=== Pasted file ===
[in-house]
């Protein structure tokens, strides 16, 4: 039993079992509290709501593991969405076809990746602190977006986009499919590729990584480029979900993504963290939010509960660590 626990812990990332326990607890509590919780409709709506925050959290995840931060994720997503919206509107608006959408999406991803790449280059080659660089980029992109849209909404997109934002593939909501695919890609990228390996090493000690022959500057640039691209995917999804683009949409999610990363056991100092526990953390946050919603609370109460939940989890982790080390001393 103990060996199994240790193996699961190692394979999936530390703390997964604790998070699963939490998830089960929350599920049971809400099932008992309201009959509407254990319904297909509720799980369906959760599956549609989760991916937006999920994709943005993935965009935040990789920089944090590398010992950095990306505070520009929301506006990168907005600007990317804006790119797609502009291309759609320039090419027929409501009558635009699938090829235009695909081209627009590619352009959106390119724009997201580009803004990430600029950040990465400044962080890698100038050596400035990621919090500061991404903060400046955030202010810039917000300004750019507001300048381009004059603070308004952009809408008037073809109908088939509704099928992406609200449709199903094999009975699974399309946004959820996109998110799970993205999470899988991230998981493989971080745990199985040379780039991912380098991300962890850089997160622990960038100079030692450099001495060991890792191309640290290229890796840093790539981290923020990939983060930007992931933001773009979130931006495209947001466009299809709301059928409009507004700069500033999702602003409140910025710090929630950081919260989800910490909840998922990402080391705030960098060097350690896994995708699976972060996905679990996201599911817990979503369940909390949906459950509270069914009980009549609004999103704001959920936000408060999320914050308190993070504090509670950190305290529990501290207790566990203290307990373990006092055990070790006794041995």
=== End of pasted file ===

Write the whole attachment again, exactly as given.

[in-house]
């Protein structure tokens, strides 16, 4: 039993079992509290709501593991969405076809990746602190977006986009499919590729990584480029979900993504963290939010509960660590 626990812990990332326990607890509590919780409709709506925050959290995840931060994720997503919206509107608006959408999406991803790449280059080659660089980029992109849209909404997109934002593939909501695919890609990228390996090493000690022959500057640039691209995917999804683009949409999610990363056991100092526990953390946050919603609370109460939940989890982790080390001393 103990060996199994240790193996699961190692394979999936530390703390997964604790998070699963939490998830089960929350599920049971809400099932008992309201009959509407254990319904297909509720799980369906959760599956549609989760991916937006999920994709943005993935965009935040990789920089944090590398010992950095990306505070520009929301506006990168907005600007990317804006790119797609502009291309759609320039090419027929409501009558635009699938090829235009695909081209627009590619352009959106390119724009997201580009803004990430600029950040990465400044962080890698100038050596400035990621919090500061991404903060400046955030202010810039917000300004750019507001300048381009004059603070308004952009809408008037073809109908088939509704099928992406609200449709199903094999009975699974399309946004959820996109998110799970993205999470899988991230998981493989971080745990199985040379780039991912380098991300962890850089997160622990960038100079030692450099001495060991890792191309640290290229890796840093790539981290923020990939983060930007992931933001773009979130931006495209947001466009299809709301059928409009507004700069500033999702602003409140910025710090929630950081919260989800910490909840998922990402080391705030960098060097350690896994995708699976972060996905679990996201599911817990979503369940909390949906459950509270069914009980009549609004999103704001959920936000408060999320914050308190993070504090509670950190305290529990501290207790566990203290307990373990006092055990070790006794041995």